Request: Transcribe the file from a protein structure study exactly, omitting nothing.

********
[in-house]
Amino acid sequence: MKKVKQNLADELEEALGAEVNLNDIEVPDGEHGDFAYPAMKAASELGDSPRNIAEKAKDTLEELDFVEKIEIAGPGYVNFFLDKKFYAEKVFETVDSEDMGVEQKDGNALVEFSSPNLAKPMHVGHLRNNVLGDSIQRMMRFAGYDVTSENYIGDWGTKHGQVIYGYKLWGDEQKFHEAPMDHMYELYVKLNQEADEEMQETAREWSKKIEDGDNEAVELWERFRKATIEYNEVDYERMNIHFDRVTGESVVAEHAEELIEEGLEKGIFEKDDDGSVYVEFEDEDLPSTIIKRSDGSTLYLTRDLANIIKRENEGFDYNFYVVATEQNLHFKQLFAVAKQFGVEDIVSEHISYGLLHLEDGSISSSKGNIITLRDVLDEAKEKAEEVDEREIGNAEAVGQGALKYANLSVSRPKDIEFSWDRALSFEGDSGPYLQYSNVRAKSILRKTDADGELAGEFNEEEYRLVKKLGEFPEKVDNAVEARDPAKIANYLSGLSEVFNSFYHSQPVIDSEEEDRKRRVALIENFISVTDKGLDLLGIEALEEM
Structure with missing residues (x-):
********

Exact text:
[in-house]
Amino acid sequence: MKKVKQNLADELEEALGAEVNLNDIEVPDGEHGDFAYPAMKAASELGDSPRNIAEKAKDTLEELDFVEKIEIAGPGYVNFFLDKKFYAEKVFETVDSEDMGVEQKDGNALVEFSSPNLAKPMHVGHLRNNVLGDSIQRMMRFAGYDVTSENYIGDWGTKHGQVIYGYKLWGDEQKFHEAPMDHMYELYVKLNQEADEEMQETAREWSKKIEDGDNEAVELWERFRKATIEYNEVDYERMNIHFDRVTGESVVAEHAEELIEEGLEKGIFEKDDDGSVYVEFEDEDLPSTIIKRSDGSTLYLTRDLANIIKRENEGFDYNFYVVATEQNLHFKQLFAVAKQFGVEDIVSEHISYGLLHLEDGSISSSKGNIITLRDVLDEAKEKAEEVDEREIGNAEAVGQGALKYANLSVSRPKDIEFSWDRALSFEGDSGPYLQYSNVRAKSILRKTDADGELAGEFNEEEYRLVKKLGEFPEKVDNAVEARDPAKIANYLSGLSEVFNSFYHSQPVIDSEEEDRKRRVALIENFISVTDKGLDLLGIEALEEM
Structure with missing residues (x-):